50K-100K ang multa – Patay kayong mga nambabastos ng ating pambansang awit, malaki-laki ang multa. Mula singkwenta mil hanggang isan-daang libong piso o (P50,000 up to P100,000). Ito ang nilalalman ng kamakailan lang na pinasa na Kongreso na batas:
“MANILA — The House of Representatives has approved on third and final reading the measure updating the rules on the correct rendition of the national anthem Lupang Hinirang, and requiring everyone to sing along when it is played in public.
House Bill No. 5224 also seeks to impose stiff penalties of P50,000 to P100,000 on “any person who, or entity which violates any provision” of the proposed law—much heftier than the P5,000 to P20,000 fine provided for by the current Flag and Heraldic Code of the Philippines.
Under the proposed measure, singing along when the anthem is played at public gatherings “shall be mandatory and must be done with fervor.” It may be noted the current flag code, enacted in 1998, did not use the word “mandatory” when it directed public attendees to sing along during gatherings.
As a sign of respect, all persons must stand at attention facing the Philippine flag, if displayed, or the band or conductor; civilians salute the flag with their right palm over the left chest.
But, the House bill also seeks to provide leeway for people whose religious beliefs prohibit them from singing. The current flag code did not contain any provision, while the House measure states these people “must, nonetheless, show full respect… by standing at attention.”
Kaya ayan sige, para sa mga bastos na akala mo kung sino sila na hindi man lang makapagbigay ng kaukulan respeto sa ating bandila at pambansang await, maghanda –handa na kayo ng inyong pang multa.
Barangay Recall Elections- dapat lang – Mayroong mga ibang kupitan este kapitan ng barangay na walang ginawa o inatupag kung hindi mangurap, at sarili lang nilang kapakanan ang kanilang inatupag. Kaya panahon na para mang-sampol muli ng recall elections ng kupitan este kapitan (Punong Barangay). Sa totoo lang mayroon na tayong ginanyan. O ayun, asan si kupitan ngayon pagkatapos siyang pinulot sa kangkongan? Andun ngayon, isang maginhawang tindera sa palingki. Hi! Hi! Hi! Alam niyo mga dear readers, konting operational budget lang ang kailangan para mag-sagawa ng recall elections (basta’t mayroong sapat na basehan) sa barangay. O, asan na mga magpi-finance? Sampolan na natin itong matulis na kupitana na ito!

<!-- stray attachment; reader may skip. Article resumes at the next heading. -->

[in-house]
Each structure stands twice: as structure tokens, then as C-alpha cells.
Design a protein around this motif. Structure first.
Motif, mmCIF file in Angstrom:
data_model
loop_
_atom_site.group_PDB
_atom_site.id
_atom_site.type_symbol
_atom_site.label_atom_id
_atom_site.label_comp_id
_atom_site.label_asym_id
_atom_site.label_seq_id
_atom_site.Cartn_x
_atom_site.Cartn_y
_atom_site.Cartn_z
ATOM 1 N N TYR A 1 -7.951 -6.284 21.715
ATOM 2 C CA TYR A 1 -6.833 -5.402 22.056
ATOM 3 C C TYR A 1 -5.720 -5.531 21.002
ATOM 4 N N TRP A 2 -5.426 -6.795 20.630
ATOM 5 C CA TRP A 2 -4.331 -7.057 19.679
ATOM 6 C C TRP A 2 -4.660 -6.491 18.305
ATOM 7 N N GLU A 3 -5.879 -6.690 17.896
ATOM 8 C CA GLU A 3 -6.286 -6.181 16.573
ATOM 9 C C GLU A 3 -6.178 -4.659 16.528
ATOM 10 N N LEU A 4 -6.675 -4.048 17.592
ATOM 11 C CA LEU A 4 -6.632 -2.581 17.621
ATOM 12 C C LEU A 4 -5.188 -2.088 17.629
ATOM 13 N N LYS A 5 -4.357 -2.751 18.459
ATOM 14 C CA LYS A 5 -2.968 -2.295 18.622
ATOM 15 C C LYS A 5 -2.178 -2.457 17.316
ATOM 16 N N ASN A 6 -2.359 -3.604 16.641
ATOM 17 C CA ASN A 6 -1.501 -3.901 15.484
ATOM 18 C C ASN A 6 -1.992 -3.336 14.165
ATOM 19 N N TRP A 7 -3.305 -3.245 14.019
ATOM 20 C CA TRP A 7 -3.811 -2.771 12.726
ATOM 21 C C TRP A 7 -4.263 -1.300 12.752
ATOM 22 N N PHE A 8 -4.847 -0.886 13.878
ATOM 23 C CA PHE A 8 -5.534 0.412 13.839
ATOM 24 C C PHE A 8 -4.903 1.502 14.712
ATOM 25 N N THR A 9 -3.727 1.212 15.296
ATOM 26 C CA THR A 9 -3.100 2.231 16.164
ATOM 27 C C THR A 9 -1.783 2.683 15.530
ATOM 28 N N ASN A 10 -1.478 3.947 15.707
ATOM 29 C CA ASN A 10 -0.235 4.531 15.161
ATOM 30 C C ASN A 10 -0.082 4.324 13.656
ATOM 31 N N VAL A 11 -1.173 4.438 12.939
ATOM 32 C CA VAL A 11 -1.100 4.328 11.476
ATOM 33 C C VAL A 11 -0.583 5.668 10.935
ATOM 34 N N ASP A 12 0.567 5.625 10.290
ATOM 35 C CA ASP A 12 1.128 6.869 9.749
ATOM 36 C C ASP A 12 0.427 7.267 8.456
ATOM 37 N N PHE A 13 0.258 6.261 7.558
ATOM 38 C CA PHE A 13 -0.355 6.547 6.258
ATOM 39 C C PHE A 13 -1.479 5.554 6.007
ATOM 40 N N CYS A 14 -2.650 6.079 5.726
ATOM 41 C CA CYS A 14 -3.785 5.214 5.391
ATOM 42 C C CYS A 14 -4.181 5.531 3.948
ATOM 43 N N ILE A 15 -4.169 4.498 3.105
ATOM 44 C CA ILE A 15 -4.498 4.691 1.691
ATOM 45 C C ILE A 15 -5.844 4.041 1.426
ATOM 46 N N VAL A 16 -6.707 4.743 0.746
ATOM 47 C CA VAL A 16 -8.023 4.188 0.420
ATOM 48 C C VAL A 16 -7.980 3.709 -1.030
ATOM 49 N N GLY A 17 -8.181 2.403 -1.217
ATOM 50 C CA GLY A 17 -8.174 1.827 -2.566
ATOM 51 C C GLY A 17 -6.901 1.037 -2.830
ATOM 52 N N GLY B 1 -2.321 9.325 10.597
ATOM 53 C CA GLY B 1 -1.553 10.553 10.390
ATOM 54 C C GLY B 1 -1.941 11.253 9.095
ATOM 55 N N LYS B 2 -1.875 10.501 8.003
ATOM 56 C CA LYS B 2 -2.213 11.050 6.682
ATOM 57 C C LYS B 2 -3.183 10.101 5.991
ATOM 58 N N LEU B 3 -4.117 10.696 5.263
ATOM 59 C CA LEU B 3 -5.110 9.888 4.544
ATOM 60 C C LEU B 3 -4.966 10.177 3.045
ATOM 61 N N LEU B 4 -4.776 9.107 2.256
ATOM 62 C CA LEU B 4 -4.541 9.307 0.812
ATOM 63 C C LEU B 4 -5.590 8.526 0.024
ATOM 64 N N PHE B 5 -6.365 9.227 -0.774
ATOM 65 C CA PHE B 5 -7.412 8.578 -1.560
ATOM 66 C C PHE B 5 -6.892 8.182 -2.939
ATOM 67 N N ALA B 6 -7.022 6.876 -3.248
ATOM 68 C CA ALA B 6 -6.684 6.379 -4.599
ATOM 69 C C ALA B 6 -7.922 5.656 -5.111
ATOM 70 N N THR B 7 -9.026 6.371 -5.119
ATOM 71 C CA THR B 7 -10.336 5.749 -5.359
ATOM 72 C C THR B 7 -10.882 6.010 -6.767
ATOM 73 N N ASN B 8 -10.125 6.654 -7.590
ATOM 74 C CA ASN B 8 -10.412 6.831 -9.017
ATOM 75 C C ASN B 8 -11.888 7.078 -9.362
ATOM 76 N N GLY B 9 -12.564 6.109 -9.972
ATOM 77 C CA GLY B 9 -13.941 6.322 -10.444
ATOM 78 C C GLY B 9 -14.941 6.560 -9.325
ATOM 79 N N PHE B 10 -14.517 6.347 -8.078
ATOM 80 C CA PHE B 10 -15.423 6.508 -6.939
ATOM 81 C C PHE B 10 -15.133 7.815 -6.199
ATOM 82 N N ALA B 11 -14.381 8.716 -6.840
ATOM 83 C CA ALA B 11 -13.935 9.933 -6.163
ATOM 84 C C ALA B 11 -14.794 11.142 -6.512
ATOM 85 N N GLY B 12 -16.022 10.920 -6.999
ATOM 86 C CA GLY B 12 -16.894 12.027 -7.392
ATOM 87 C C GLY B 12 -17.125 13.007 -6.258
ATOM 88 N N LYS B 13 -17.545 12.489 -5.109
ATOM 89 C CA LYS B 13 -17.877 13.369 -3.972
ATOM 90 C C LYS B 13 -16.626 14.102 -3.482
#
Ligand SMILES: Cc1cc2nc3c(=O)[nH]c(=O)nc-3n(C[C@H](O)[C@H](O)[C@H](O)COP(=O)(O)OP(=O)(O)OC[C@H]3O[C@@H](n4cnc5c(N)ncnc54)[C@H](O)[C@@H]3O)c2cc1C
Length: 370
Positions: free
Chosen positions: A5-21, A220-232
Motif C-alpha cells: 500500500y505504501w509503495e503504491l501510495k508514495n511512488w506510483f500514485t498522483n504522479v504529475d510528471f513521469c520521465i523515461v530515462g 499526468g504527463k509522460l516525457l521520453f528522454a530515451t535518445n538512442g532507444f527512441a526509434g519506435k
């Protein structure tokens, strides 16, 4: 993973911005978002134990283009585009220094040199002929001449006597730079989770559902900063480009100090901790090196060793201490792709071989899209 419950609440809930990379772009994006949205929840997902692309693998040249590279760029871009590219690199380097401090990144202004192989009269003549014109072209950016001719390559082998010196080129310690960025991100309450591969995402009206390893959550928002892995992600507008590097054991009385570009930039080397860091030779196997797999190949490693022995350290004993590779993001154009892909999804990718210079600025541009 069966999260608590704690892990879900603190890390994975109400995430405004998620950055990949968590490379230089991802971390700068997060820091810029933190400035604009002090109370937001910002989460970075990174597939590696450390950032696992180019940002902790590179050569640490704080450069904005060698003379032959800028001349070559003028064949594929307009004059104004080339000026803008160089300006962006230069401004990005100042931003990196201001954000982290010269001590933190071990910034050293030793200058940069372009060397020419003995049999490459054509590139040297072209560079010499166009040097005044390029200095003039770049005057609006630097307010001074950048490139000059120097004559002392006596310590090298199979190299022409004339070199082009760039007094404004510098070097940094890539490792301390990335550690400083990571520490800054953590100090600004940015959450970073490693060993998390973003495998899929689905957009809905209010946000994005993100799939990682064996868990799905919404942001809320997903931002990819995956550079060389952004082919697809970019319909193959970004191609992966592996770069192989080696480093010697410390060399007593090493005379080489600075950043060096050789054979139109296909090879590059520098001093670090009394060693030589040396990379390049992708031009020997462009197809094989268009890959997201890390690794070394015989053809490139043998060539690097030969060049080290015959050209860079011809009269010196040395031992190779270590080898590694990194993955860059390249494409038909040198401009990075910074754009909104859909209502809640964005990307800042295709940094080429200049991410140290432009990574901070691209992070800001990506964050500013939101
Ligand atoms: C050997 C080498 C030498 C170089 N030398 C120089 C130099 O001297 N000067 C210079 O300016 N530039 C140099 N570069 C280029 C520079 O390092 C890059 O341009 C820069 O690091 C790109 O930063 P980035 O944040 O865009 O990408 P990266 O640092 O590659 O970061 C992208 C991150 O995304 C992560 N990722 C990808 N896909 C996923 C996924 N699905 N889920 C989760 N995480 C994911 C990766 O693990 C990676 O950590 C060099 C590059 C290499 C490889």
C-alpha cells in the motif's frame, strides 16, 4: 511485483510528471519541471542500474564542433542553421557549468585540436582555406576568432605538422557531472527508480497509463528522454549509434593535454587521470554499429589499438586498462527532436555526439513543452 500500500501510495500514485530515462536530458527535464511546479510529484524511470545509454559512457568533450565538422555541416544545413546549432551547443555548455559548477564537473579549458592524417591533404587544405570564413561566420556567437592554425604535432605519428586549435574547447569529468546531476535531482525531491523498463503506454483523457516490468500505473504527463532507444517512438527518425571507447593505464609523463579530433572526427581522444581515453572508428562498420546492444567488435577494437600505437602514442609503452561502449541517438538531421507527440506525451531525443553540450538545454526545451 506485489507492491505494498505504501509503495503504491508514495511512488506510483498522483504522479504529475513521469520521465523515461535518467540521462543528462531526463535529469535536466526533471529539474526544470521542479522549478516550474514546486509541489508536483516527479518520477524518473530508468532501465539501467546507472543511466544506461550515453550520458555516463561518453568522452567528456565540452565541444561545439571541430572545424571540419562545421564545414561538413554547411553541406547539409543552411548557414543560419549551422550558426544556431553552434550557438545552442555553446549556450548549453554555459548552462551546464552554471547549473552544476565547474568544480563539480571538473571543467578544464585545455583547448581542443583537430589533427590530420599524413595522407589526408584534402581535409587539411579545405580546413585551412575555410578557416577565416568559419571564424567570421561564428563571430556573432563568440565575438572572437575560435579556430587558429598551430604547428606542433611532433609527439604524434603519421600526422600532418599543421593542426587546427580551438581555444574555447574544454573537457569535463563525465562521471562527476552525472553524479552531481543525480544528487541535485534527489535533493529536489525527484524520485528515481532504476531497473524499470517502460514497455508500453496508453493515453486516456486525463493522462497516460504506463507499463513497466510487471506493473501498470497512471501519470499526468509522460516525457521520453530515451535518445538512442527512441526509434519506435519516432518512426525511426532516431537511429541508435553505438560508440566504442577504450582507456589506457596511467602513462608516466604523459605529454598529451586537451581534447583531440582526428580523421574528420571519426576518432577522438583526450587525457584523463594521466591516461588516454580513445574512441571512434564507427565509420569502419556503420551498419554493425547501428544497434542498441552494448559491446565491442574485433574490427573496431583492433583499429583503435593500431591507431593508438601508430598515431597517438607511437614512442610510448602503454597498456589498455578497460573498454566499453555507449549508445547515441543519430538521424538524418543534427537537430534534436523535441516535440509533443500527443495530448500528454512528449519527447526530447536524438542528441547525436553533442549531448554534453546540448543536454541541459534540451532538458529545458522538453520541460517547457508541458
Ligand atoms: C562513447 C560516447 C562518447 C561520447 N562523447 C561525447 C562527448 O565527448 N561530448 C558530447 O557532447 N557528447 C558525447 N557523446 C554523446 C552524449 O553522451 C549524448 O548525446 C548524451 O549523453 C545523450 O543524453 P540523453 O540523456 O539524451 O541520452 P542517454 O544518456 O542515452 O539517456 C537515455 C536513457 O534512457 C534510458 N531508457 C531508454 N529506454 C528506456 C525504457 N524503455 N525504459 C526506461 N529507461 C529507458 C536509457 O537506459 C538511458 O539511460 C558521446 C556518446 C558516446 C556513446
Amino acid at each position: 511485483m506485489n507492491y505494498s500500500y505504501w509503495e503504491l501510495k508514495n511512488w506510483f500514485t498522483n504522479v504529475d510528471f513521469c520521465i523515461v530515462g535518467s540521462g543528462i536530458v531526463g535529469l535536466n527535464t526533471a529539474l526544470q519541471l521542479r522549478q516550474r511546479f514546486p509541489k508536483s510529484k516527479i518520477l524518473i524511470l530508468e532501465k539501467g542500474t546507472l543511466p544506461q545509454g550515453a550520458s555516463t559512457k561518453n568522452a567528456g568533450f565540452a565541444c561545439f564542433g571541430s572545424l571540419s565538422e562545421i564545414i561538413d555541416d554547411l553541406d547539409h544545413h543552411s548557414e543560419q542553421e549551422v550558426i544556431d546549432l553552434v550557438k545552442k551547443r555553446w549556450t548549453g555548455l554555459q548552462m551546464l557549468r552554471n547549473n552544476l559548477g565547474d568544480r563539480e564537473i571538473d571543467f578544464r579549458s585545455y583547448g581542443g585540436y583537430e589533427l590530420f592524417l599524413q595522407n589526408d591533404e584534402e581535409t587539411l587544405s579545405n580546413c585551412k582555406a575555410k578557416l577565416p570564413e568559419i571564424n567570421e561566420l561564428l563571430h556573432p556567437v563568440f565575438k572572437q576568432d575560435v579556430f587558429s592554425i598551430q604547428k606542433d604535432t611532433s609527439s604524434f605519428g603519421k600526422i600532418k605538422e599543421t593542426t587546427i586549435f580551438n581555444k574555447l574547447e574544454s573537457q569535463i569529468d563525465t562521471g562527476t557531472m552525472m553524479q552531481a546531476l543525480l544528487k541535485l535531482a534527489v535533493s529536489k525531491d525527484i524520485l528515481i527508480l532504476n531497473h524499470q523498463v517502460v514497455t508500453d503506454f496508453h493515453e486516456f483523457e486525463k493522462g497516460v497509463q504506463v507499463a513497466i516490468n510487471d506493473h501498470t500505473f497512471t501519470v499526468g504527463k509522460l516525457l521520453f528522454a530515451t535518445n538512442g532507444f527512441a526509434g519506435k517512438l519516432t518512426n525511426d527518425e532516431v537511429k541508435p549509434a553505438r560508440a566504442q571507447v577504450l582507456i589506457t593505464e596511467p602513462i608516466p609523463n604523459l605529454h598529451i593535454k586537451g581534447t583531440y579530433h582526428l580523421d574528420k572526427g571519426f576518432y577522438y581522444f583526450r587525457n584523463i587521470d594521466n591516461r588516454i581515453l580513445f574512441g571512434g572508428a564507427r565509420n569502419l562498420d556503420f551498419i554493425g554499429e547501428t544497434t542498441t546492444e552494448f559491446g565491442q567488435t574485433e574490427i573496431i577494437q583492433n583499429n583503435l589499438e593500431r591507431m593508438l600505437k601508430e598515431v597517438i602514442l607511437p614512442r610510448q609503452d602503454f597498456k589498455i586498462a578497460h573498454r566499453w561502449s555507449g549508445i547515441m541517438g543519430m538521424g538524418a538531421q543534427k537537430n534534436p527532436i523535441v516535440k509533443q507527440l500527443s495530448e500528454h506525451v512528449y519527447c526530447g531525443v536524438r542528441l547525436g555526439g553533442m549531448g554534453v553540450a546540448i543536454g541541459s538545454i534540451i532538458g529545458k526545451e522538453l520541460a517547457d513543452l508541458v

Sa puntong ito ay nais ko muna kayong iwanan ng partial info hinggil sa recall elections na aking nakalap sa: https://jlp-law.com/blog/primer-on-the-recall-process
Who may exercise the power of recall? The power of recall for loss of confidence shall be exercised by the registered voters of a local government unit (LGU) to which the local elective official subject to such recall belongs.
What are the legal provisions governing the process of recall? Section 3, Article X of the Constitution provides that “Congress shall enact a local government code which shall provide for a more responsive and accountable local government structure instituted through a system of decentralization with effective mechanisms of recall, initiative, and referendum xxx.” This is fleshed out in Republic Act No. 7160, also known as the Local Government Code of 1991, as amended by R.A. 9244.
How is the recall process initiated? The recall of any elective provincial, city, municipal or barangay official shall be commenced by a petition of a registered voter in the LGU concerned and supported by the registered voters in the LGU concerned during the election in which the local official sought to be recalled was elected. The preparatory recall assembly was already removed as a means of initiating the recall process.
What are the required percentage of registered voters who must sign the petition?
1. At least 25% in the case of LGUs with a voting population of not more than 20,000.